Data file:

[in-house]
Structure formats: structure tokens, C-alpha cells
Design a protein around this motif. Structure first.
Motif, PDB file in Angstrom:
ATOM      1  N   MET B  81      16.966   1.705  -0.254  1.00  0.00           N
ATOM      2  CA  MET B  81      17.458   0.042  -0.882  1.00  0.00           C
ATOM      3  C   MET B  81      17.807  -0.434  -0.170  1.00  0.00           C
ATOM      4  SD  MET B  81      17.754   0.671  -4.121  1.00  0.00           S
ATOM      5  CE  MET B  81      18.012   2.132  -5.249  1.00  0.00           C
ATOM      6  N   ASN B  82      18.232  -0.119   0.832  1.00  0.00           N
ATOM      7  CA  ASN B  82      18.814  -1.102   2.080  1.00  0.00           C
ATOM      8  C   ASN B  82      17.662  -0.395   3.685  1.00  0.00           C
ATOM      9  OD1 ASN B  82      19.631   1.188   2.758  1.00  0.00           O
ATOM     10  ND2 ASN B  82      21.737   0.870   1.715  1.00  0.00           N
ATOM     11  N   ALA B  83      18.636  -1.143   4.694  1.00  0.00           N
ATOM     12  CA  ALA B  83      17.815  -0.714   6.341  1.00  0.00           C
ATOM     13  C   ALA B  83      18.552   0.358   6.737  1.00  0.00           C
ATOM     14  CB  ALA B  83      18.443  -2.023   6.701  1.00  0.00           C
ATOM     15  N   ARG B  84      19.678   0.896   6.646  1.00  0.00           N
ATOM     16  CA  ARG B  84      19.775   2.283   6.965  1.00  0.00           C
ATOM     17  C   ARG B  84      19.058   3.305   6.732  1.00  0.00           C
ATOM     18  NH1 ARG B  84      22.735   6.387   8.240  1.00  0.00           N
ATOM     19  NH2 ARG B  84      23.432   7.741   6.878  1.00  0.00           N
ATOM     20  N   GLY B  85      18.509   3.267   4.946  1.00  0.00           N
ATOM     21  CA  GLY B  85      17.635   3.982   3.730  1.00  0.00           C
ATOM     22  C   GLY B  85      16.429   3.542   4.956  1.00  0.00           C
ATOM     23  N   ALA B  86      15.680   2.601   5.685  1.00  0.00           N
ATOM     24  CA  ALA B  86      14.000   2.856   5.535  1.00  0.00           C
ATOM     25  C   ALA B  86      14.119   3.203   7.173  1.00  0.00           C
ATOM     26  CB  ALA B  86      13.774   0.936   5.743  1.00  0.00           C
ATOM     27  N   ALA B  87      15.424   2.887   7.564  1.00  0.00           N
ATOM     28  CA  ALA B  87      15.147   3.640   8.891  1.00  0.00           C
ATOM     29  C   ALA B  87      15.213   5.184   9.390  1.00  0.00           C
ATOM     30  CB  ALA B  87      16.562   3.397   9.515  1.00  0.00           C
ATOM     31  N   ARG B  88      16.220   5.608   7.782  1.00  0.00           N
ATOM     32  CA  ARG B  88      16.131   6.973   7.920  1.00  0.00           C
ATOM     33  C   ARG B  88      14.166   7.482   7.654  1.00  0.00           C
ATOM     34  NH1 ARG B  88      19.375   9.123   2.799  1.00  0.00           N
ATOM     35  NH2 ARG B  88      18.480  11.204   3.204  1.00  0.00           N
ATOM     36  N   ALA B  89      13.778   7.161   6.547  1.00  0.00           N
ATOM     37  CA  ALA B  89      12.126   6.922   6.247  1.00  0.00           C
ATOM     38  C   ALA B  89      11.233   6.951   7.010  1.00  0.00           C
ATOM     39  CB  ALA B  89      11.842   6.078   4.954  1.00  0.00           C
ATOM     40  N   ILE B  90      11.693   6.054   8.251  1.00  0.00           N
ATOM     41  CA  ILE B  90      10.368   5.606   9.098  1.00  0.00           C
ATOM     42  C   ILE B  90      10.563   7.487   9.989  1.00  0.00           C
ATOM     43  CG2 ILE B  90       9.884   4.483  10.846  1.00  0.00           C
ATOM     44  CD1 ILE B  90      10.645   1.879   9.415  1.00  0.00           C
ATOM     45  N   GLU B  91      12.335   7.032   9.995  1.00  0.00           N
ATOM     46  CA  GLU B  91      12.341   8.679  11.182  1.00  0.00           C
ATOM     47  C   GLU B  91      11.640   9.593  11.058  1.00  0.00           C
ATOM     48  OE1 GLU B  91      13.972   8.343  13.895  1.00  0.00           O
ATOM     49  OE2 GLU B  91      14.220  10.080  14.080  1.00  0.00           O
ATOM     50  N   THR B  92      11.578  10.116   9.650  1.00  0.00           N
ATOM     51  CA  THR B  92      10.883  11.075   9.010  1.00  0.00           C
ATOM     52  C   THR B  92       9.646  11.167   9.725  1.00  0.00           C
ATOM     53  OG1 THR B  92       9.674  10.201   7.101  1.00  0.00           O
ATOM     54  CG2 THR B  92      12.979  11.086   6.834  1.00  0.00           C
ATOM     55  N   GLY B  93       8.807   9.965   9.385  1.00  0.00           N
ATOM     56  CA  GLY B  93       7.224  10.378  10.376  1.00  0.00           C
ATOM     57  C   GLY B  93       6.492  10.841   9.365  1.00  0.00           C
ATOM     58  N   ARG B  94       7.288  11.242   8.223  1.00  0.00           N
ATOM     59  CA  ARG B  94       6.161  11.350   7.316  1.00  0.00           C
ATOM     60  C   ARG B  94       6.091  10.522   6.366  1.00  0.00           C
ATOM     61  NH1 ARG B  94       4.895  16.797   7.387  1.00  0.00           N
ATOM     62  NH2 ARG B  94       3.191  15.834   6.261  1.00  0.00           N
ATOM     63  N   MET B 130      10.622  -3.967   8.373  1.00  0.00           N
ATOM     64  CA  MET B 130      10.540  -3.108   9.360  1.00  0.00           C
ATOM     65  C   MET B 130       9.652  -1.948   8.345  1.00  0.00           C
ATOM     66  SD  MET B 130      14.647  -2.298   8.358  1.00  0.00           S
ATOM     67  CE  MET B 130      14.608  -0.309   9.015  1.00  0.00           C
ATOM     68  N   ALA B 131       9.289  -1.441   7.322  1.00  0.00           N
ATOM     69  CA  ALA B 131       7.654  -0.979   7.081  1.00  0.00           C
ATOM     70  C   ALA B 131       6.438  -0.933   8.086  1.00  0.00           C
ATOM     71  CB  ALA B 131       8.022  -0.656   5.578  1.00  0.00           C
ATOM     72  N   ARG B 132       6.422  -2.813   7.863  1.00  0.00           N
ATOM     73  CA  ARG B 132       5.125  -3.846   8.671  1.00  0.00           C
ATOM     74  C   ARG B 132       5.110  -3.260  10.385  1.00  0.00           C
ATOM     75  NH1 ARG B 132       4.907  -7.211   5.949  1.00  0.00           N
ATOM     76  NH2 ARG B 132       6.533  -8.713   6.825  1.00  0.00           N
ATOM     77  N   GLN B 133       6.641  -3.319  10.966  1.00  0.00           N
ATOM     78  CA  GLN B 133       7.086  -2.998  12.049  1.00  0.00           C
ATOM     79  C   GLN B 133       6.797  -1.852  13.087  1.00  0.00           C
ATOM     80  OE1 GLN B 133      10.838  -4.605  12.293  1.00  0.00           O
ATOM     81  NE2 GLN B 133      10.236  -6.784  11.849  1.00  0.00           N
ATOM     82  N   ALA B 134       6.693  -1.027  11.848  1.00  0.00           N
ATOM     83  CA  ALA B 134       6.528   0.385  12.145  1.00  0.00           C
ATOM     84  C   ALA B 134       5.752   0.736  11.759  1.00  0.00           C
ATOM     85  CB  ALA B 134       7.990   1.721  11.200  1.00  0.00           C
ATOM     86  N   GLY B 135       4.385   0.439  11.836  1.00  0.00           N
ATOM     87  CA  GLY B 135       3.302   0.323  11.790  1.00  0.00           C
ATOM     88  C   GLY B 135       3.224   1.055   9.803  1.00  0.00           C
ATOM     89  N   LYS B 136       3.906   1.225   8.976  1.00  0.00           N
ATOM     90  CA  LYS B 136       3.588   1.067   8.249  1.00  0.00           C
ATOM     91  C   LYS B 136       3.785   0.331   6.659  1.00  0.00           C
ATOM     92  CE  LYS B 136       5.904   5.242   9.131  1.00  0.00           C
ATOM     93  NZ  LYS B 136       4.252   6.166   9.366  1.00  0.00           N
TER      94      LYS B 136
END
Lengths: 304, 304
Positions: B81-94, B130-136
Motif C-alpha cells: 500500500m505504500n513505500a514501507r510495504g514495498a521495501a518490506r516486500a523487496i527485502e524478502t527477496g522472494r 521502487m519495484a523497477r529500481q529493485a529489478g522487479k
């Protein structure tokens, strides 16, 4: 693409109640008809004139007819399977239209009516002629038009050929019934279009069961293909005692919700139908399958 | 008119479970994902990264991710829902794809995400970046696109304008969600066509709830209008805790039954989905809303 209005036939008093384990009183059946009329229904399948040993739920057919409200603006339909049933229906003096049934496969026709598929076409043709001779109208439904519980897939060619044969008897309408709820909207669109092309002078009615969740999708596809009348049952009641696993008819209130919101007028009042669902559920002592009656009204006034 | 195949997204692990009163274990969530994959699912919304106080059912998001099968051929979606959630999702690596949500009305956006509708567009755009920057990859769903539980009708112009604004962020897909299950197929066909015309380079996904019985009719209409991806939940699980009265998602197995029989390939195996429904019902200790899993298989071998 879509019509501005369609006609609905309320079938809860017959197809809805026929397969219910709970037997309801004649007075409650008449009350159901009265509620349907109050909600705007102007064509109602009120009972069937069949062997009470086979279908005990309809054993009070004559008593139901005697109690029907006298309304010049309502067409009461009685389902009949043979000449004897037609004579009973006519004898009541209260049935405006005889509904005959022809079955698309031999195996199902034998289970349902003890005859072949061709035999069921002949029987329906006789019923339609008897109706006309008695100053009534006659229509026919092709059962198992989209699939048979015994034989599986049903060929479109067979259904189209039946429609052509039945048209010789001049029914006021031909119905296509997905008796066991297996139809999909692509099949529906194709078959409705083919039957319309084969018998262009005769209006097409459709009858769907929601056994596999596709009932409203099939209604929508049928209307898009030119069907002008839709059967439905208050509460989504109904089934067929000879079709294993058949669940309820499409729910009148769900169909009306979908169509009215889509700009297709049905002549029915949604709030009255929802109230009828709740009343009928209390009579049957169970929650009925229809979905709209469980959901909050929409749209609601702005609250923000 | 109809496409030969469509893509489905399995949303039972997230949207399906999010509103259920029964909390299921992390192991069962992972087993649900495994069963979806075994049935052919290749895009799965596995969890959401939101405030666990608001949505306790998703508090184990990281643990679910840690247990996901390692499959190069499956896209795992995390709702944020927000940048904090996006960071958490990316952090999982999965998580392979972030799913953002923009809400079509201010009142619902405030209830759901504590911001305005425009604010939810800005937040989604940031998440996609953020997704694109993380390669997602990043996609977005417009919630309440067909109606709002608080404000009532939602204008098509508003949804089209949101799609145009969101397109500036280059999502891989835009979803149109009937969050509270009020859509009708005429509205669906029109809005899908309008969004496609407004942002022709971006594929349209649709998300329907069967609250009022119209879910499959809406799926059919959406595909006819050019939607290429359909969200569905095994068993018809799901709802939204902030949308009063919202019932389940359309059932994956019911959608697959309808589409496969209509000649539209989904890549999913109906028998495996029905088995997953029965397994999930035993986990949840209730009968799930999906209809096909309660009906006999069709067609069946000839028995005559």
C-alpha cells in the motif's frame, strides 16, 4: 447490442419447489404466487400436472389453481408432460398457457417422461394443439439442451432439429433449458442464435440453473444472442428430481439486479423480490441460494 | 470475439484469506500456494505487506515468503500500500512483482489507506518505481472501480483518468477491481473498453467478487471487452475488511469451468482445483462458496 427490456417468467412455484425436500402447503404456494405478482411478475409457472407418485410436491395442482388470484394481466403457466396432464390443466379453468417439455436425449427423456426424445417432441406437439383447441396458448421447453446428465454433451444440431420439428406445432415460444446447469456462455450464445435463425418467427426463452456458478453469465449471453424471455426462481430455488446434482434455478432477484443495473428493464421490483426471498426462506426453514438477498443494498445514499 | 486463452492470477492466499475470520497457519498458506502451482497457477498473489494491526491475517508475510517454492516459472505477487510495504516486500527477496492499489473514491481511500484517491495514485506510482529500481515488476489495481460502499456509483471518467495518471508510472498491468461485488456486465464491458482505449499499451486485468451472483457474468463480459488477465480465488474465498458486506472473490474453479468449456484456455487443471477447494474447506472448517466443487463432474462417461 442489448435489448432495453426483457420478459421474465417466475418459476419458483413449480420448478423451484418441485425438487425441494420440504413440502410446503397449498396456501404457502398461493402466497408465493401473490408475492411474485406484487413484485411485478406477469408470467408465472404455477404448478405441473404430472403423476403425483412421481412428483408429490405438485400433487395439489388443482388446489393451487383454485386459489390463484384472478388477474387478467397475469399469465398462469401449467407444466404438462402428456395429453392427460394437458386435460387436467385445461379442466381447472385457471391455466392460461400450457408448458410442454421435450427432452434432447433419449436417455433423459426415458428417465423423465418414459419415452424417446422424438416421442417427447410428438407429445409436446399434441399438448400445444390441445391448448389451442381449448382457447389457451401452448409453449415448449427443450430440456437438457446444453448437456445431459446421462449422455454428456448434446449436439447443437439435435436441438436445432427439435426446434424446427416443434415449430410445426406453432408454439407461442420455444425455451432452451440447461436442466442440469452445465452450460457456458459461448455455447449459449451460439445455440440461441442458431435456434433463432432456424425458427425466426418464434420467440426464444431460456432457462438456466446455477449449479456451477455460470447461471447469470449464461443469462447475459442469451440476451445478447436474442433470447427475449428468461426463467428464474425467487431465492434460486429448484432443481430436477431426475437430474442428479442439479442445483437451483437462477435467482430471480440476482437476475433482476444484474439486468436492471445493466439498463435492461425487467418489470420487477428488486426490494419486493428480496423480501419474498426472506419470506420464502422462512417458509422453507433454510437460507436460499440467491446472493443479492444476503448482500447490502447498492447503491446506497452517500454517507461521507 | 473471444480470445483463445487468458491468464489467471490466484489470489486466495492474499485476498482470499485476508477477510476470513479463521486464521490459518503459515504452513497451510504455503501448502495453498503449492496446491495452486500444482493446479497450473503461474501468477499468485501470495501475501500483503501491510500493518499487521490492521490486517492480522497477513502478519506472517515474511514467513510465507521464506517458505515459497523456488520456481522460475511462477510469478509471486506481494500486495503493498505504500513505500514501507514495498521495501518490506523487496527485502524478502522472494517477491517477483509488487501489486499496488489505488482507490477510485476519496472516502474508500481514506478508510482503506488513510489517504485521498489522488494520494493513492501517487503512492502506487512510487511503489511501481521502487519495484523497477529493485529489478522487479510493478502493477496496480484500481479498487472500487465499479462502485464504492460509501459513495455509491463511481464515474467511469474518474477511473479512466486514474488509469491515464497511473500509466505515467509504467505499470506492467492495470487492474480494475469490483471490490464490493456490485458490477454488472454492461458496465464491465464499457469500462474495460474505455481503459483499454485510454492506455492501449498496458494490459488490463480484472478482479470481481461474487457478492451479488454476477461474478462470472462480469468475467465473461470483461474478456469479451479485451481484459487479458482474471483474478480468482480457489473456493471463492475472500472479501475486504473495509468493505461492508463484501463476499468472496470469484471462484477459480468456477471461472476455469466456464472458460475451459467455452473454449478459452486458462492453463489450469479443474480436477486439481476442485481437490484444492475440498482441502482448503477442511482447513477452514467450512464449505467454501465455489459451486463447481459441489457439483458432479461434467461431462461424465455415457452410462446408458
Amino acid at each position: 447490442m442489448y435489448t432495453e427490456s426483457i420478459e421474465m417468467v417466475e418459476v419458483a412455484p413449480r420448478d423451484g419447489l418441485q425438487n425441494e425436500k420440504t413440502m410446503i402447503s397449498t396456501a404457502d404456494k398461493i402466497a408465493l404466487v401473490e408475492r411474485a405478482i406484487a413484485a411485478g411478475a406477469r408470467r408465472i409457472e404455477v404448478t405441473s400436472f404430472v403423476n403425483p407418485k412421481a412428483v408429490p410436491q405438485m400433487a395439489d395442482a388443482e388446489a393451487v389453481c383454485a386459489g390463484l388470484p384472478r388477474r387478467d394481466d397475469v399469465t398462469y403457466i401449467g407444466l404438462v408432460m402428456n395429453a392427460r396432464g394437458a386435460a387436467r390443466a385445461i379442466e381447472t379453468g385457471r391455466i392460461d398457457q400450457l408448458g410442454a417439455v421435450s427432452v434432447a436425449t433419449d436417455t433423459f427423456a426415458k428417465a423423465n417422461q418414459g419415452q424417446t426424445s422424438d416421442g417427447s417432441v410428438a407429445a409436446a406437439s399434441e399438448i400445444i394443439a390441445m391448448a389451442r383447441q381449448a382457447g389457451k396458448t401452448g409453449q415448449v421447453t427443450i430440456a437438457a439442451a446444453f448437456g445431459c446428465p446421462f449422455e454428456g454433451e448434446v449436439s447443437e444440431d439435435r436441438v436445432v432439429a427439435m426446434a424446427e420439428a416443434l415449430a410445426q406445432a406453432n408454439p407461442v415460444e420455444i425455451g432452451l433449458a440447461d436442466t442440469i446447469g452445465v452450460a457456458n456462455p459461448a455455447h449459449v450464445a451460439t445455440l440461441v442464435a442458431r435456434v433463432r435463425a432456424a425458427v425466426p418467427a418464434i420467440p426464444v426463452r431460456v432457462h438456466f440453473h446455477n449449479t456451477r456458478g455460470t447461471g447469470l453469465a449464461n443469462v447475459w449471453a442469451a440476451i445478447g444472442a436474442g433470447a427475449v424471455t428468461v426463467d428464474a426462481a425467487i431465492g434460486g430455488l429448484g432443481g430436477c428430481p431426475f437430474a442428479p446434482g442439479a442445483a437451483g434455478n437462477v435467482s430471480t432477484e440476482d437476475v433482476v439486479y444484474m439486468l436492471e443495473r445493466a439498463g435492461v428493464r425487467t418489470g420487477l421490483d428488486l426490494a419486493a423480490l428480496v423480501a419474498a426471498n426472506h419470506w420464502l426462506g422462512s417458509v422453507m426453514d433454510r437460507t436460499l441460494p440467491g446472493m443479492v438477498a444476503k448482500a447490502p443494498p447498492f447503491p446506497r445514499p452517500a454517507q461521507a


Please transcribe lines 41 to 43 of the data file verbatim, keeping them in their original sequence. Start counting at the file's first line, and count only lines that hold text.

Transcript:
ATOM     37  CA  ALA B  89      12.126   6.922   6.247  1.00  0.00           C
ATOM     38  C   ALA B  89      11.233   6.951   7.010  1.00  0.00           C
ATOM     39  CB  ALA B  89      11.842   6.078   4.954  1.00  0.00           C